sprayers, in the
2011 edition of The Online Hosta Journal.
It’s titled “One
Cold Day in
March,” and you’ll find it in the CULTURE section.
Also, check out Bill’s article in
Look’s Reading Room on the Hosta Library. It’s
loaded with technical information. Click HERE
to access article.
success with pre-emergent herbicides is soil temperature. They need to
applied early in the season, when the soil is just beginning to warm
claims. In 2013, he and Carol applied Surflan with a sprayer in their
England garden during the week before Easter (in other words, the first
April). Because of the late spring, this was about two weeks later than
is that the pre-emergent chemical needs to be watered in soon after
application. Don’t wait for rain that may not come until a week or two
Brashear’s tip: “Apply Surflan before
forsythia bushes bloom. Applying Surflan when forsythia is in bud is
but once this harbinger-of-spring blooms, the soil has warmed up enough
weeds to have germinated. The pre-emergent herbicide must be down for
weeds’ root tips to grow into and get burned by the chemical. That’s
chemical works. Remember, weeds put down roots first and then make
skimp on application rate. Follow manufacturer’s instructions. You’ll
disappointed in the results, if too little of the active chemical is
and Preventive Treatment of Hosta Petiole Rot,
Southern (Stem) Blight
the March 2013 issue of “The Green Hill Gossip,” his nursery’s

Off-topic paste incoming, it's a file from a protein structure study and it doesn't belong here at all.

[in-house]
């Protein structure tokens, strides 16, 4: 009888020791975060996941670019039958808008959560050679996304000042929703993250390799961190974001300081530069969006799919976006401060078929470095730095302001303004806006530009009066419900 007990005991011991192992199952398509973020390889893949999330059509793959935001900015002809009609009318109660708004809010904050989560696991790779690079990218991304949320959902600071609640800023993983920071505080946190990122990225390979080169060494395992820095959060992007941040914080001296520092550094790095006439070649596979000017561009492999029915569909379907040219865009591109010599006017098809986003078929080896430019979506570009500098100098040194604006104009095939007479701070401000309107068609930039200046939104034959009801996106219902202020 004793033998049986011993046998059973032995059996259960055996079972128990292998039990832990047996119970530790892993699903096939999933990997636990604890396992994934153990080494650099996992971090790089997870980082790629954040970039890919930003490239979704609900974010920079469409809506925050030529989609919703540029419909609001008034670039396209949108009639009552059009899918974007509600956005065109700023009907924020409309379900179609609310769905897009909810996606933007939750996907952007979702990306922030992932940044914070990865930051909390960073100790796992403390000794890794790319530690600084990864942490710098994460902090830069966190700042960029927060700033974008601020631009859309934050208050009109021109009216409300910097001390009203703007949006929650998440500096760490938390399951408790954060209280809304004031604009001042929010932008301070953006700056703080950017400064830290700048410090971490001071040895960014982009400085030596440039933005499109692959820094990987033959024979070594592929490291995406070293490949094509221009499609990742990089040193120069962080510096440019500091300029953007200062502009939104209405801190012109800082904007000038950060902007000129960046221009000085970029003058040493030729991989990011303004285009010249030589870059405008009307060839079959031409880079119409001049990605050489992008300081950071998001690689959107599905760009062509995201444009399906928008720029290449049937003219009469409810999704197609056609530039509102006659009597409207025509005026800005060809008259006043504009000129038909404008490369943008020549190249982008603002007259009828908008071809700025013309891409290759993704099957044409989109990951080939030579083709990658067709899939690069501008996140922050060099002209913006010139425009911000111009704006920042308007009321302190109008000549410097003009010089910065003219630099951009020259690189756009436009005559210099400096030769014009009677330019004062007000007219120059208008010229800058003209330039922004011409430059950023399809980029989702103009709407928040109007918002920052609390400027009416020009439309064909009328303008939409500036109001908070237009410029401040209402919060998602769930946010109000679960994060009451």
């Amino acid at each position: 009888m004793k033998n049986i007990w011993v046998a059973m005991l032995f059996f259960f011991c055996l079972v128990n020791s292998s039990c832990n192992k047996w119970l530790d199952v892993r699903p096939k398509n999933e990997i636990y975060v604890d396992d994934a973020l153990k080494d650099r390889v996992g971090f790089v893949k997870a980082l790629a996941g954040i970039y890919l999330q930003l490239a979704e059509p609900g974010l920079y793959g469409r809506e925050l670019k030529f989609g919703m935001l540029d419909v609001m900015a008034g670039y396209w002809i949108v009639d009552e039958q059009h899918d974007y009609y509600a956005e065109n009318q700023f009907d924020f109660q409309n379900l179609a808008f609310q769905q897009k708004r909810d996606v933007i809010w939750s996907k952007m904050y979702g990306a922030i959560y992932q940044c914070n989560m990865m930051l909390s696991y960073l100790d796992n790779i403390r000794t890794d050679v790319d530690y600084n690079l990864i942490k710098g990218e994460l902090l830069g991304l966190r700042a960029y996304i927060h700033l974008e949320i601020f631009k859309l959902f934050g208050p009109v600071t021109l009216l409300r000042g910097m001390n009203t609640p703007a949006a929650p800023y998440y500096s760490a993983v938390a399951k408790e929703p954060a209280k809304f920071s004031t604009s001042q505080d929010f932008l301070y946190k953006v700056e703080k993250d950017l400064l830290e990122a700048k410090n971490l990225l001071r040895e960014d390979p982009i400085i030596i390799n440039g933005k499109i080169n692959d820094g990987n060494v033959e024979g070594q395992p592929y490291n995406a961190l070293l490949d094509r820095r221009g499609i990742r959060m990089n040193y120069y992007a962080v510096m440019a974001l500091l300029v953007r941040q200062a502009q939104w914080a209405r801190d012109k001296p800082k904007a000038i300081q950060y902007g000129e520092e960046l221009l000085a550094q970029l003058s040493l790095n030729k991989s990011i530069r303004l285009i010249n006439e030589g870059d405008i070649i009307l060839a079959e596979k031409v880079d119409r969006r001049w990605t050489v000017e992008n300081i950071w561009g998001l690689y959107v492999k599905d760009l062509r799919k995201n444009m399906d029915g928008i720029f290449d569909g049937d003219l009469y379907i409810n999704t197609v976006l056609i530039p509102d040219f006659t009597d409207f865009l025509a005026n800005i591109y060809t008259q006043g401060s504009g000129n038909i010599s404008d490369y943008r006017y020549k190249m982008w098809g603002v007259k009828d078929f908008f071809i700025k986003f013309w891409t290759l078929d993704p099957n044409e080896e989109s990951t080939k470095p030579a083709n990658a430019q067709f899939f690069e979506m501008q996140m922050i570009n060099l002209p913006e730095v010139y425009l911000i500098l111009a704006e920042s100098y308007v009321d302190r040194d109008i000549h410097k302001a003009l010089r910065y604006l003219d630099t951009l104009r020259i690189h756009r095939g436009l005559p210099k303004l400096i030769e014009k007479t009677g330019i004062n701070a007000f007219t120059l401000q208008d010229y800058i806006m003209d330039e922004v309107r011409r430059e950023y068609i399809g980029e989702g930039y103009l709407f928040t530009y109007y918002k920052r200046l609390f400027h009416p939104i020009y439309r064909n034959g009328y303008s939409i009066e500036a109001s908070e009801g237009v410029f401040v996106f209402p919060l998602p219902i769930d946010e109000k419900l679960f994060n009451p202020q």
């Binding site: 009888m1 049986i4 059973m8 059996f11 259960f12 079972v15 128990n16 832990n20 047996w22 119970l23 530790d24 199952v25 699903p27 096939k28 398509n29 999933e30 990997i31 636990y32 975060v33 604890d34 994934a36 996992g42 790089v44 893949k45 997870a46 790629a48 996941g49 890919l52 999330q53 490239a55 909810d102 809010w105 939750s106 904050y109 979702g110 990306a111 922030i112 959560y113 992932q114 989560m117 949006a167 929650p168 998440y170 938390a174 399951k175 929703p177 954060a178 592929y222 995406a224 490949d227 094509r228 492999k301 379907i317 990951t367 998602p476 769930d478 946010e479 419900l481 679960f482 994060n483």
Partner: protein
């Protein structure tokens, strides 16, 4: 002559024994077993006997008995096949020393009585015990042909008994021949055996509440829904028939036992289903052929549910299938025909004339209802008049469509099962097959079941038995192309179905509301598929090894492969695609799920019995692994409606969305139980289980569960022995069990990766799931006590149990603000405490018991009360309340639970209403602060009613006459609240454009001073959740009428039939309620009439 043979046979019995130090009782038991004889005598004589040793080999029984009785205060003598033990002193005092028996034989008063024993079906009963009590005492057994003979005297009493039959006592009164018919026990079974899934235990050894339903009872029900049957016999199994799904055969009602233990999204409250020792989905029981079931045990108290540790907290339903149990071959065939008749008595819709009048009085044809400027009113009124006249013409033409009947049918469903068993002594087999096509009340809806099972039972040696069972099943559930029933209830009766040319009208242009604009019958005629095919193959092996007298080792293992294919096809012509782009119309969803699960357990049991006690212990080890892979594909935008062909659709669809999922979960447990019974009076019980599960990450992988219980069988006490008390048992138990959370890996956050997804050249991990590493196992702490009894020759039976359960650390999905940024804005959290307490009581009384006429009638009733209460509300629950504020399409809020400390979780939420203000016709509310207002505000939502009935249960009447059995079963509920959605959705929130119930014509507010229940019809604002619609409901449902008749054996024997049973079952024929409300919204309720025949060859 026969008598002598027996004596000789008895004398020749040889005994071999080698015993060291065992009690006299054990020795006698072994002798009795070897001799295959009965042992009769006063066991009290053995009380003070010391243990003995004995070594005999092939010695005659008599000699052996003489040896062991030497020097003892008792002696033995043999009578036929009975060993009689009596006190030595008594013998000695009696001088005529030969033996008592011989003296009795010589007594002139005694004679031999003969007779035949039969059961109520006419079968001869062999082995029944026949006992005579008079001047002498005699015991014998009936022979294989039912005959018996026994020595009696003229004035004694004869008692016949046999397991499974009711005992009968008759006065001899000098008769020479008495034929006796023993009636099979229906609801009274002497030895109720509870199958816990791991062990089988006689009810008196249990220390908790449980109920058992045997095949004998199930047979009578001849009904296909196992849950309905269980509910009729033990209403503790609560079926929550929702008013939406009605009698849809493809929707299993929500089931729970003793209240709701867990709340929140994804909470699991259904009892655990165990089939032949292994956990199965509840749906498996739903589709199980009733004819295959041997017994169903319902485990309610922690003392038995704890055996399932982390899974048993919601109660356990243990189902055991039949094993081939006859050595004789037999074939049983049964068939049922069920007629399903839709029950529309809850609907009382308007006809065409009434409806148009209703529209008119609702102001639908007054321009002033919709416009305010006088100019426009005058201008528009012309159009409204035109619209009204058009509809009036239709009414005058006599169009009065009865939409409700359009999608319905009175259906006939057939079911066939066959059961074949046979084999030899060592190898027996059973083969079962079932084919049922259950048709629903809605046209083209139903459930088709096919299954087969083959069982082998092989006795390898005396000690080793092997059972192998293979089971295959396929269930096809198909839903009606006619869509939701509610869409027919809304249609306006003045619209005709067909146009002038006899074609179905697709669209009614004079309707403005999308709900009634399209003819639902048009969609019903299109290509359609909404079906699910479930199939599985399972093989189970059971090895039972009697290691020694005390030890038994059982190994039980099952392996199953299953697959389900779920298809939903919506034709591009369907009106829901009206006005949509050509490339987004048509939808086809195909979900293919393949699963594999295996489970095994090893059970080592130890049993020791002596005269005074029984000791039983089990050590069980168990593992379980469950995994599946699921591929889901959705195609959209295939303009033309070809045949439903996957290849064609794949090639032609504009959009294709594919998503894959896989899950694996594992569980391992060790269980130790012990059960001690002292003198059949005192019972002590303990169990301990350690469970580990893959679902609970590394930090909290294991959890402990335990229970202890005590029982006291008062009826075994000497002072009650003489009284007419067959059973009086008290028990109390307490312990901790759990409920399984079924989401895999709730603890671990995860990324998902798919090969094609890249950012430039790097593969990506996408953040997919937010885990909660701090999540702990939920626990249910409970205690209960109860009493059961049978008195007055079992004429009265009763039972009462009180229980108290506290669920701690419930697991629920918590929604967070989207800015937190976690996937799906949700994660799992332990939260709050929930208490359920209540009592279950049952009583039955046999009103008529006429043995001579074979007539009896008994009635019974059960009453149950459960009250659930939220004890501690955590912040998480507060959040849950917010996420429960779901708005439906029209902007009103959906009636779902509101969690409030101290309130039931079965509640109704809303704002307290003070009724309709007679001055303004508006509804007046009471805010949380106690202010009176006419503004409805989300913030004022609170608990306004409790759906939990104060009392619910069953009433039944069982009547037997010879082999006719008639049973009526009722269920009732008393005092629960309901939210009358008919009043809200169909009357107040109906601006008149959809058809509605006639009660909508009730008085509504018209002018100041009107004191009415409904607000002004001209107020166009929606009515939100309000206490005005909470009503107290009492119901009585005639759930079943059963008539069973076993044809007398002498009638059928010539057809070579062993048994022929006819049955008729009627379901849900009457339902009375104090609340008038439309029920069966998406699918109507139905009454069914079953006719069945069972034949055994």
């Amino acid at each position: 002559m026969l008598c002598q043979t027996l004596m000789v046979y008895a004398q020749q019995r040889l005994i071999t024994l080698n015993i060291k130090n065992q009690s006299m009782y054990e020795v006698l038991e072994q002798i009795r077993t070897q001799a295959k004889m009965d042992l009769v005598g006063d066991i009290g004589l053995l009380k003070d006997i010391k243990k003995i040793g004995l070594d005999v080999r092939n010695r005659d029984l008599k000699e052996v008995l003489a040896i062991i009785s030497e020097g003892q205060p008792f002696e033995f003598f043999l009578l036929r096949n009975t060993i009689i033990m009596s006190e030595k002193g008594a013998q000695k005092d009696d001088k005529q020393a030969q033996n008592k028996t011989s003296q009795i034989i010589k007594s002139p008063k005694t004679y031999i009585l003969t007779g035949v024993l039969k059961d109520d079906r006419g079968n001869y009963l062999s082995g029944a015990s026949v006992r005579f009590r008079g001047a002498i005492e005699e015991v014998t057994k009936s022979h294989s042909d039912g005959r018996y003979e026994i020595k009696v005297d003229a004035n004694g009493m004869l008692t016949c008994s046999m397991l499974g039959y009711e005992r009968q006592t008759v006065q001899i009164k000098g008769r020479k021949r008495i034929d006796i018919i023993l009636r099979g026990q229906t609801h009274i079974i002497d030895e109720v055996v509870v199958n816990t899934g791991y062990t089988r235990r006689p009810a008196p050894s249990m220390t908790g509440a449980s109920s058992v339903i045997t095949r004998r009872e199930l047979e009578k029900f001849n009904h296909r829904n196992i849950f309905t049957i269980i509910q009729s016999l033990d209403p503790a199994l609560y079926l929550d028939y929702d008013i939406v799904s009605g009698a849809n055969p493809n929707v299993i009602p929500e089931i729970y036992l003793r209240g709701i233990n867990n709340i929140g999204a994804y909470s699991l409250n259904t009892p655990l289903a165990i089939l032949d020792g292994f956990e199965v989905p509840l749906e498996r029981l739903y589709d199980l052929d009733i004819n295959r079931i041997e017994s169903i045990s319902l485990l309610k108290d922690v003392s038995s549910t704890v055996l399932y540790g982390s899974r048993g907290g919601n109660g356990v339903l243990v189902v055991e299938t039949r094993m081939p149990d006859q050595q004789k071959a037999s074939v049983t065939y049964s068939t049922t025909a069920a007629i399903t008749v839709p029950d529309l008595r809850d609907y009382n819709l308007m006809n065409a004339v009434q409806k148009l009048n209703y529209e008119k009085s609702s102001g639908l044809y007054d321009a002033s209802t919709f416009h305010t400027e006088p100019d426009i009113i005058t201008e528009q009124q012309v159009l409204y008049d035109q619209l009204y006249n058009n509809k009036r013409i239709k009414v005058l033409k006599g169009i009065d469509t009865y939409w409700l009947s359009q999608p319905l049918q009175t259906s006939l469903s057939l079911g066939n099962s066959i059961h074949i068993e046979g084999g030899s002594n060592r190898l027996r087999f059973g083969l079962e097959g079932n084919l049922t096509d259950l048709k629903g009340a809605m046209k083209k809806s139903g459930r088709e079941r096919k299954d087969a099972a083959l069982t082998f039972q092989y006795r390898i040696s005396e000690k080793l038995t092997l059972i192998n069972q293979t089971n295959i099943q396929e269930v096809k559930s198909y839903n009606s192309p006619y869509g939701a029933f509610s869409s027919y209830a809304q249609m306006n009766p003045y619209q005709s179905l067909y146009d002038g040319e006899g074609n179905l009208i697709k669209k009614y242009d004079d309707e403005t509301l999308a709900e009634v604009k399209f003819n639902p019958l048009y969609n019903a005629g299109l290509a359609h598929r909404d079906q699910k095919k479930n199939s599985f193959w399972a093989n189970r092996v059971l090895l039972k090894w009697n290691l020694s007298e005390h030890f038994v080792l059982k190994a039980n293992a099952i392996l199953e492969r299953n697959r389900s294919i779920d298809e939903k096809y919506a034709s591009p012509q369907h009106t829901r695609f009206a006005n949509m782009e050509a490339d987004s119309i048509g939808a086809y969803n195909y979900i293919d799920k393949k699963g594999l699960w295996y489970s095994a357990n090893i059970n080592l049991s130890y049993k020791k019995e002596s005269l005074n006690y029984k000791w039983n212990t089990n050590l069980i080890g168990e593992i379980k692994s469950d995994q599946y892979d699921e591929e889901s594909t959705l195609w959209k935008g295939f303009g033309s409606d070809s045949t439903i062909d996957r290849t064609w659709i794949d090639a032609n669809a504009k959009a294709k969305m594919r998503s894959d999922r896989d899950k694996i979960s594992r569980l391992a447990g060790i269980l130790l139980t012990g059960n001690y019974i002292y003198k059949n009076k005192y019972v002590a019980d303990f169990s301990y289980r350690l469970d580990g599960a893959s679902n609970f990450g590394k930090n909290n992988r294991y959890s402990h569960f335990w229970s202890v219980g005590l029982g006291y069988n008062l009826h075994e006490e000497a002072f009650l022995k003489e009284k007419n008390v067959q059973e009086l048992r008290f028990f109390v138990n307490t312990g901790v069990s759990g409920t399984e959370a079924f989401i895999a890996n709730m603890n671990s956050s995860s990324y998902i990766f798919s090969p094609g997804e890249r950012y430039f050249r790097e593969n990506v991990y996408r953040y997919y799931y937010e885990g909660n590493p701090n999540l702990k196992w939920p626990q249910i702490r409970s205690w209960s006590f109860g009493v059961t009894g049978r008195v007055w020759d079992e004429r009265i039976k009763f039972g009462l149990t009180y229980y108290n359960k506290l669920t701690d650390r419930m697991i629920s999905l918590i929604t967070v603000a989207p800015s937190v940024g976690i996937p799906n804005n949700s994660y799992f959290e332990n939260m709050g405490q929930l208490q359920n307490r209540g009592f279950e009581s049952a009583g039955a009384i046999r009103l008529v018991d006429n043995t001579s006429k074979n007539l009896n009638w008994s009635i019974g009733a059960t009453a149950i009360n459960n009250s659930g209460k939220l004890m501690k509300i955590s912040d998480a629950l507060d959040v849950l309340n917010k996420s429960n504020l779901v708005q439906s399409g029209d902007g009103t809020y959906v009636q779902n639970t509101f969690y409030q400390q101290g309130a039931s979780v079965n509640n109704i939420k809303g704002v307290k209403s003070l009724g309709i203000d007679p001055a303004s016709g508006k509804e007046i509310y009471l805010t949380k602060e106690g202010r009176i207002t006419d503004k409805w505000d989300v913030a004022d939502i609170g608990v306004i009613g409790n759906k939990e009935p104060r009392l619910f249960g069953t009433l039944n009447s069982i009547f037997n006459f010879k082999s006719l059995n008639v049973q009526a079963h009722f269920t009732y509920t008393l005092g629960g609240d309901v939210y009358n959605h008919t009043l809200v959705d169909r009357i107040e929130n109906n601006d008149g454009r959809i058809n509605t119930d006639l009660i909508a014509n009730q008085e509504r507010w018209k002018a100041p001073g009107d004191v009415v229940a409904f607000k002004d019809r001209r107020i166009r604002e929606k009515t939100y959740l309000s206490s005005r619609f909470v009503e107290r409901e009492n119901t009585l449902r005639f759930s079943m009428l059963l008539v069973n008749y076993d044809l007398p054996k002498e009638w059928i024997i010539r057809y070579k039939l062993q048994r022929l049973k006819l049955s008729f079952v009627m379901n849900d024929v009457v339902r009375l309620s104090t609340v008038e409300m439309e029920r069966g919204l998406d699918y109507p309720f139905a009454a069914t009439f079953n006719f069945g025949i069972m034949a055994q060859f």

catalog, has a front-page commentary, titled “Hosta Pests...The Fear
Discussed are fungal infections, in particular, devastating Petiole Rot
by the fungus Sclerotium rolfsii
There are many
names for this disease: Southern Blight, Southern Stem Blight, mustard
fungus, and even crown rot. The later designation can be confusing,
it’s the petioles that are seriously affected by the fungal disease.
usually refers to leaves turning yellow and wilting, with roots turning
or brown with rot, due to excess soil moisture, excess fertilizer, high
pH, cool soil temperature, or plant stress.
petiole fungal disease often is as prevalent in the northern U.S. as in
southern U.S., “Petiole Rot” or “Hosta Petiole Rot” is now the
Iowa State University helped coin the term when it studied the fungal
in the 1990s and 2000s, because it had become a serious problem in the
state. Petiole is a better term,
since stem usually refers to flower
stem, and rot is a more definitive
comprehensive studies led to Iowa State Univ. Extension, in conjunction
North Carolina State Univ. Cooperative Extension and Clemson Univ.
publishing a very helpful booklet, “Hosta Diseases and Pests,” in
color photos and glossary of terms are first class. The booklet is
print, but now is also available online.